Nothing like spending a day on metal bleachers in the full sun and 100-degree weather to test your dedication to horsemanship! And yet we managed to come away from horse expo with new ideas and renewed inspiration along with our heatstroke and sunburns.
I can be inspiration and motivation, but the dedication and perspiration is up to you.” – Pat Parelli
Respond with relaxation
One of the ah-ha! moments of the weekend was when Jonathan Field talked about how he doesn’t want to desensitize a horse. He wants the horse to respond to the stimuli — to “react with relaxation,” not with tension or fear. This especially resonated with me, as I’ve been playing the Friendly Game with Rocky and looking at Rocky’s future with the question “how brave can I help you become?” I’ve been allowing the stimuli to go on longer than I used to, to give Rocky time to find the relaxation on his own. Bring the emotions up and then settle them down. Set up the puzzle and really, truly give Rocky time to solve it.
The point of bridleless riding
I overheard a woman ask someone in a horse training booth “What’s the point of this bridleless riding anyway? It’s not like you’re going to go out on the trail without a bridle. You’re not going to jump or do dressage without a bridle.”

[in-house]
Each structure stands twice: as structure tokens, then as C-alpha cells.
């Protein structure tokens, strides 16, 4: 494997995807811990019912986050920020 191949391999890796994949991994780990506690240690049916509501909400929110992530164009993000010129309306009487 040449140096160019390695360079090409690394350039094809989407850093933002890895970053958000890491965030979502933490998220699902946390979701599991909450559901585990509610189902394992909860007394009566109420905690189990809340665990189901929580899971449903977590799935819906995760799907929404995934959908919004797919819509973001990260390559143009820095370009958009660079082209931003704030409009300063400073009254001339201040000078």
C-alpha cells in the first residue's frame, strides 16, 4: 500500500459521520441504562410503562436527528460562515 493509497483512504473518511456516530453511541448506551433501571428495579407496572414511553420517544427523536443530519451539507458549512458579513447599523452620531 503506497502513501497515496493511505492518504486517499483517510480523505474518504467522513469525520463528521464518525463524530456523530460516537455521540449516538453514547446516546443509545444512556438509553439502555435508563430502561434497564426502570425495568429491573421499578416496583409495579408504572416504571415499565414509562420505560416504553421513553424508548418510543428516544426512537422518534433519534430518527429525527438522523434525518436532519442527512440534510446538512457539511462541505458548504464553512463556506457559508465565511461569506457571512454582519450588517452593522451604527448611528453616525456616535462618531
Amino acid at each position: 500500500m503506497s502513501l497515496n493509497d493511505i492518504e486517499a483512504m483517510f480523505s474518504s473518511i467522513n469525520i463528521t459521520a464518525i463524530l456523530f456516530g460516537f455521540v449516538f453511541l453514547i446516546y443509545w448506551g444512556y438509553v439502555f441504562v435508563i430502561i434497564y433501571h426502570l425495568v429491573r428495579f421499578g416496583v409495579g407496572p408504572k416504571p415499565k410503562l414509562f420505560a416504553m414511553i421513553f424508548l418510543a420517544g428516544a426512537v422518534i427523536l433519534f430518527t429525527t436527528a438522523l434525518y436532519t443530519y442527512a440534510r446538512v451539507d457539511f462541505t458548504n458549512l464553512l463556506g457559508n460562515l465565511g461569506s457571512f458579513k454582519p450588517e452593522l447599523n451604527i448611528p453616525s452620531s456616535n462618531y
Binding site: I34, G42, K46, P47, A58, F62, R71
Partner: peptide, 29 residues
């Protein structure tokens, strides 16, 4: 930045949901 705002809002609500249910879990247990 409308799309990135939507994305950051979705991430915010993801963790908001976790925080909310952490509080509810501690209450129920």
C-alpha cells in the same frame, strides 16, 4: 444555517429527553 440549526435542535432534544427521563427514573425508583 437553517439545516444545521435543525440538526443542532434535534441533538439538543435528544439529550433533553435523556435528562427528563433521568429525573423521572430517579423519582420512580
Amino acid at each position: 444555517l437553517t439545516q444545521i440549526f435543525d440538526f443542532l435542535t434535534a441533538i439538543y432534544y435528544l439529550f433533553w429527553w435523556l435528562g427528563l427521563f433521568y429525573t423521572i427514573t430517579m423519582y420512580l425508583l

Never mind for a moment that people do those things and more bridleless. What struck me was that the woman in the booth — not the trainer, but a person helping out while the trainer was away — said “I’m not sure” and “I know what you mean.”
I didn’t interject or interrupt (“Oh, I have some thoughts on that,a may I share them with you?”), but Scott and I exchanged a look of surprise that the woman in the booth didn’t have an answer handy. Unless she was simply shocked speechless, she could have smiled and explained that the bridleless riding really isn’t about the bridle or lack thereof.
It’s about developing the relationship to the point where your horse wants to be with you, where you have the communication in your body, where you don’t rely on leverage or mechanics to steer, and where you know that your horse is into dancing the patterns that you are asking for.
It’s about testing your horsemanship to see if you use the bridle as a communication system or as a pulley system. If you can ride bridleless and guide your horse and have the horse be a willing partner in your guidance, you have confirmation that you’ve reached a certain level of the relationship and are on the right track for further development. If you can’t, then the bridleless ride can help you see what else you need to improve in order to get there.
And that’s just what popped into my head in the first moment.
What’s really cool though is that the women were asking questions, and admitting they didn’t know. This shows me they are open to accepting that there is a purpose, and that they are willing to be vulnerable in that they could admit that they didn’t know something.